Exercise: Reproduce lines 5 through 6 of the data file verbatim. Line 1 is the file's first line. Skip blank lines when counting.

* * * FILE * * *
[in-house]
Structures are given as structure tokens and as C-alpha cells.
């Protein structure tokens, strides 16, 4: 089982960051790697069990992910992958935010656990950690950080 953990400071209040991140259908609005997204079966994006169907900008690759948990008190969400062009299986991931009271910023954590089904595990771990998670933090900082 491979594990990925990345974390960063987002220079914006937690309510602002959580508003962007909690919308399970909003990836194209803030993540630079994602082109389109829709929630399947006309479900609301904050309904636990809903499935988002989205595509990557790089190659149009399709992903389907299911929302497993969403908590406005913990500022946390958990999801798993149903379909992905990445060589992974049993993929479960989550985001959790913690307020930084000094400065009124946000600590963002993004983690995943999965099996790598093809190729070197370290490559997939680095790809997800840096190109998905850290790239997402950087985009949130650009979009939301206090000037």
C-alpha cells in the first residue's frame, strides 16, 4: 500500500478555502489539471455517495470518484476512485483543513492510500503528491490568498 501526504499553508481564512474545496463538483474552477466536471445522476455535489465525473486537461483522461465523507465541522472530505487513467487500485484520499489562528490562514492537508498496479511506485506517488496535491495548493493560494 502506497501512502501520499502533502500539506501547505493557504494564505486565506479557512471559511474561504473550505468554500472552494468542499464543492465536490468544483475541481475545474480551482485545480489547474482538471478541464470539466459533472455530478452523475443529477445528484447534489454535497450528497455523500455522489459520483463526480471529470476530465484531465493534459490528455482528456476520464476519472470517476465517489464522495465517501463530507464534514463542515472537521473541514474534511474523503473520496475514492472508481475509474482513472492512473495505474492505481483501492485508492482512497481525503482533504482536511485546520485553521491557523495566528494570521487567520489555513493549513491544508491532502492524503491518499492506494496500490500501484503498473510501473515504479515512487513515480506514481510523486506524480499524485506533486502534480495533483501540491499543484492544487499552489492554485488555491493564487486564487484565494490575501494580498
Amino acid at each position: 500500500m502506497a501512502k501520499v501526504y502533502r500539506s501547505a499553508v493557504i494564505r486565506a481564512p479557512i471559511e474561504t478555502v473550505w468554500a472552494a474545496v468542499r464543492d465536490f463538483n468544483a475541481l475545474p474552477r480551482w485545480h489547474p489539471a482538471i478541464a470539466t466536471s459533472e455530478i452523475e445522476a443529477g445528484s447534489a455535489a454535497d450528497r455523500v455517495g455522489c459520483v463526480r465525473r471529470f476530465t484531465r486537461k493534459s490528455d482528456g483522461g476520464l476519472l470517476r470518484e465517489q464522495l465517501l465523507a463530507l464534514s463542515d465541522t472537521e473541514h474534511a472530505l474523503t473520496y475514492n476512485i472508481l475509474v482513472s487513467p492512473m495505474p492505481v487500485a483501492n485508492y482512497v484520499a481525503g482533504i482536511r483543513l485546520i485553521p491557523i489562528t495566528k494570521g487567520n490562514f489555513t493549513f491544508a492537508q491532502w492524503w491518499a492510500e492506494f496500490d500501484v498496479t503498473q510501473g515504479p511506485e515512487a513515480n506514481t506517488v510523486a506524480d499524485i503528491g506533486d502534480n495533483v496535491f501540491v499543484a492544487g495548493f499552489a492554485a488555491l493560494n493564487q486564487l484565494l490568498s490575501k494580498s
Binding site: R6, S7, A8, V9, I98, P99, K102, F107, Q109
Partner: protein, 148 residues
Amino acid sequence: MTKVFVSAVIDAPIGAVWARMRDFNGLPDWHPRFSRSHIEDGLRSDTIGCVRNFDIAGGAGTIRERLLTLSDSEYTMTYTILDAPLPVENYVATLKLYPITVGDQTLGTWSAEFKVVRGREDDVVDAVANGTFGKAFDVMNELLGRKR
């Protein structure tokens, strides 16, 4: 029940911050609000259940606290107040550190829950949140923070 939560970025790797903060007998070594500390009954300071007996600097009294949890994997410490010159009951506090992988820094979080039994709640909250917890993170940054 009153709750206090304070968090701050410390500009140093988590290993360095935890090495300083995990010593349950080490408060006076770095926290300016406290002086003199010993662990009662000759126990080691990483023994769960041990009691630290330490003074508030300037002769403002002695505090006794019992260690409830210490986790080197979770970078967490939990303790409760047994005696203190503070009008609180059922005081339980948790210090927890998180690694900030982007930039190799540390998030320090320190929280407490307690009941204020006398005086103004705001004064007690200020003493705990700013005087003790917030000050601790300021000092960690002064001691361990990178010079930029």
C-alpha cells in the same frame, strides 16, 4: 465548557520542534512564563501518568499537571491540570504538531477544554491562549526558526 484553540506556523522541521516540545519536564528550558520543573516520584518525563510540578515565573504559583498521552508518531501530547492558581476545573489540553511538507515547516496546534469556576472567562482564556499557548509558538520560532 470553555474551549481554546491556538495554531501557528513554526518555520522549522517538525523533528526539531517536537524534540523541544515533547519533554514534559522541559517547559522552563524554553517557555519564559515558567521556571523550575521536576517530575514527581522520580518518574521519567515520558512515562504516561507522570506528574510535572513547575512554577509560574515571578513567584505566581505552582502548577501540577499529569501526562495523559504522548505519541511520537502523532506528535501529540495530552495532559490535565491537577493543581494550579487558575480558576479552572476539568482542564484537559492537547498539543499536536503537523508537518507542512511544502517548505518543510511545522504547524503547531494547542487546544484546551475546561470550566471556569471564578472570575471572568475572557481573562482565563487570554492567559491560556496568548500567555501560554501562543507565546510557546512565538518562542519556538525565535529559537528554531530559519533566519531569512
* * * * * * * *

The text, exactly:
Amino acid at each position: 500500500m502506497a501512502k501520499v501526504y502533502r500539506s501547505a499553508v493557504i494564505r486565506a481564512p479557512i471559511e474561504t478555502v473550505w468554500a472552494a474545496v468542499r464543492d465536490f463538483n468544483a475541481l475545474p474552477r480551482w485545480h489547474p489539471a482538471i478541464a470539466t466536471s459533472e455530478i452523475e445522476a443529477g445528484s447534489a455535489a454535497d450528497r455523500v455517495g455522489c459520483v463526480r465525473r471529470f476530465t484531465r486537461k493534459s490528455d482528456g483522461g476520464l476519472l470517476r470518484e465517489q464522495l465517501l465523507a463530507l464534514s463542515d465541522t472537521e473541514h474534511a472530505l474523503t473520496y475514492n476512485i472508481l475509474v482513472s487513467p492512473m495505474p492505481v487500485a483501492n485508492y482512497v484520499a481525503g482533504i482536511r483543513l485546520i485553521p491557523i489562528t495566528k494570521g487567520n490562514f489555513t493549513f491544508a492537508q491532502w492524503w491518499a492510500e492506494f496500490d500501484v498496479t503498473q510501473g515504479p511506485e515512487a513515480n506514481t506517488v510523486a506524480d499524485i503528491g506533486d502534480n495533483v496535491f501540491v499543484a492544487g495548493f499552489a492554485a488555491l493560494n493564487q486564487l484565494l490568498s490575501k494580498s
Binding site: R6, S7, A8, V9, I98, P99, K102, F107, Q109